Want to increase your chances of getting a reply?

The same study concluded that emails written on a third-grade level had the highest response rate. It even outperformed emails written at a college level by 36%.

Link Removal Template

Here’s a simple link removal email that works. Feel free to edit the letter to your liking.

Personalization is key. So try to personalize it if you can. Like, use the webmaster’s name if you know who you’re talking to.

Subject Line: Link Removal Request

Hi [Name],

I’m trying to remove as many backlinks as I can and I need your help. I noticed a few articles on your site are linking to a page on my site. While I appreciate the backlink, I’d like those links to be removed at this point. This will help me refocus my SEO strategy.

Please see the attached document to find all the details. I’d appreciate it if you could send me an email after you’ve removed the link so I can keep track of all changes.

Thank you!

You can add more details if necessary. But remember that a short email yields better results.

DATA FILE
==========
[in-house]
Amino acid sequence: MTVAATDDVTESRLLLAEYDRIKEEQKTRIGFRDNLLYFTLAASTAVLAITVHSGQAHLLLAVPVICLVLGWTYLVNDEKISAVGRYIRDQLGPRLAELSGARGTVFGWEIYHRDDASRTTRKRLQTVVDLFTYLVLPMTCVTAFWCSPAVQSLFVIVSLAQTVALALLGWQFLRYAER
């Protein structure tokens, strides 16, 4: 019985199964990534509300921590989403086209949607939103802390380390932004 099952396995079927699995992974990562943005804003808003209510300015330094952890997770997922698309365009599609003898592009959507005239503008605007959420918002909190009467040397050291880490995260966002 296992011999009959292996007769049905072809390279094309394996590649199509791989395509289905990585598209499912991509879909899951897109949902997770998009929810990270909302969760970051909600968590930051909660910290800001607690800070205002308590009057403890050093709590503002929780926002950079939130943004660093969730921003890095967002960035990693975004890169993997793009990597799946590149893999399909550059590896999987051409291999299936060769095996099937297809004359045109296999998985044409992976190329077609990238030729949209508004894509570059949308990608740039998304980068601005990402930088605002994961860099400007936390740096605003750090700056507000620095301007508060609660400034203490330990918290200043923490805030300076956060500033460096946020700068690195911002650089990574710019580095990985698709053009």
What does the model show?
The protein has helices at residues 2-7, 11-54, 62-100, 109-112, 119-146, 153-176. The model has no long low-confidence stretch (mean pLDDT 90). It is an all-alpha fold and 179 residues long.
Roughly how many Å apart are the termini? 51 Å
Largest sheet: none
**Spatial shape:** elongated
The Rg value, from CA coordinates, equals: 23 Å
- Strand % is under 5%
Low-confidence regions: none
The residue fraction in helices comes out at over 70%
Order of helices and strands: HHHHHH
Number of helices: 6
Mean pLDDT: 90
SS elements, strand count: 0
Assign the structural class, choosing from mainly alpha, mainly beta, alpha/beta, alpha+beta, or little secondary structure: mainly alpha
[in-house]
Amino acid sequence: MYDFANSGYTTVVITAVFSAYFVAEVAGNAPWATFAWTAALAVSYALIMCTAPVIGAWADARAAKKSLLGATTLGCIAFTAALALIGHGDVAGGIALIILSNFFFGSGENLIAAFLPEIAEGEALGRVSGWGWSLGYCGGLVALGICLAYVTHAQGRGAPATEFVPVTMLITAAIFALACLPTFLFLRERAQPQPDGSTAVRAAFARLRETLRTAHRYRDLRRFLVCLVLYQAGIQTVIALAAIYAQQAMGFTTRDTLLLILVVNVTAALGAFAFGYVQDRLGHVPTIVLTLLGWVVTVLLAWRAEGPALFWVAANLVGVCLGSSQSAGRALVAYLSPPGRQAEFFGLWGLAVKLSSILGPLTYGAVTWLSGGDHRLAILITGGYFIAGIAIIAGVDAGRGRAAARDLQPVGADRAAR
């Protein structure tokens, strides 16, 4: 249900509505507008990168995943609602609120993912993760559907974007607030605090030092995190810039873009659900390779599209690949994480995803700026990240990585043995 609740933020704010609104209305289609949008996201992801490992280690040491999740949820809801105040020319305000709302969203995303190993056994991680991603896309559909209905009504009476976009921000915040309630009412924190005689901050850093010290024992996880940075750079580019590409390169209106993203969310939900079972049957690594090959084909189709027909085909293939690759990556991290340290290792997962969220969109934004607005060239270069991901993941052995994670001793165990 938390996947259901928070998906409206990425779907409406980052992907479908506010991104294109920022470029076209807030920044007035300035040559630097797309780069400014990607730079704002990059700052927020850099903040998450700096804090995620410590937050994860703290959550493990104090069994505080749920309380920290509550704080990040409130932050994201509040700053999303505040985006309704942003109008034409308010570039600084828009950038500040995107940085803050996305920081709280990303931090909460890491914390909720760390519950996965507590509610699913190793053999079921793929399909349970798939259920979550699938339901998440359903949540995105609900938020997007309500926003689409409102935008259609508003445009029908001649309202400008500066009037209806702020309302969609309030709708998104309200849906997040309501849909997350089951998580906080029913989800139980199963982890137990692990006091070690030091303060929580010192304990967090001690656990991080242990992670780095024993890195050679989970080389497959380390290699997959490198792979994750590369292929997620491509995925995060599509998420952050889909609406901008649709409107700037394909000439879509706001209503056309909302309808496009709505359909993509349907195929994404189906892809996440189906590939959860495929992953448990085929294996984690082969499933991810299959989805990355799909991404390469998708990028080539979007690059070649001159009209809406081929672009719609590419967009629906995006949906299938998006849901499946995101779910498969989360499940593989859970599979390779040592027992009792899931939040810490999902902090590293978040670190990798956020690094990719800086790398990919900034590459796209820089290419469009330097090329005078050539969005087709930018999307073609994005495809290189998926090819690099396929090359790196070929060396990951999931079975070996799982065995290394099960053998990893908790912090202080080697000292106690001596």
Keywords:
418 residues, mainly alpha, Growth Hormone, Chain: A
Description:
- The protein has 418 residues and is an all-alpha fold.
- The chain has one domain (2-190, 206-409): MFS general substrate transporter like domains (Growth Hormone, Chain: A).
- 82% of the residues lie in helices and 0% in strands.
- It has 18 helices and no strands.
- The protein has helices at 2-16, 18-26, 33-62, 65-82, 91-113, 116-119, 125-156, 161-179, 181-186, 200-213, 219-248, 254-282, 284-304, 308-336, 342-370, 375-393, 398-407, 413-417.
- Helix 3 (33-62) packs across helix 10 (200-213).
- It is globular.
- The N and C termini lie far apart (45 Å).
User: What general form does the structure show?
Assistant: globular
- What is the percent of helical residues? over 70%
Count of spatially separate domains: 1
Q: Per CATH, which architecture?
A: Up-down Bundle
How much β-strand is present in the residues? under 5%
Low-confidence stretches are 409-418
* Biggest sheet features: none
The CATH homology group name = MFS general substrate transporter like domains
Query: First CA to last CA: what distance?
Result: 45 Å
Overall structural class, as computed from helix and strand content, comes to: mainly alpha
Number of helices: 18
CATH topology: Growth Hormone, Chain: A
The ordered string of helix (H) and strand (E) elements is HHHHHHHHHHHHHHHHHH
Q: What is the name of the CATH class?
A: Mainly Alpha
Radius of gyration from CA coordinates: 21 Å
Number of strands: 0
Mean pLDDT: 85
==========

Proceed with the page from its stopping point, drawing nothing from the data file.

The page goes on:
Also, if you plan on A/B testing which version performs the best, create different variants of the template above using ChatGPT.

When All Else Fails, Disavow!

You sent a kind email, but webmasters are not responding at all.

To tell you the truth, there’s a 99.9% chance they won’t replay.

Why? Because they don’t care, simple as that.

The idea can be unsettling and put SEOs spiralling into despair. But not all hope is lost. There’s still one thing you could do to disassociate yourself from bad backlinks:

The option of disavowing links.

Disavow is Google’s way of letting users tell them what links they should ignore.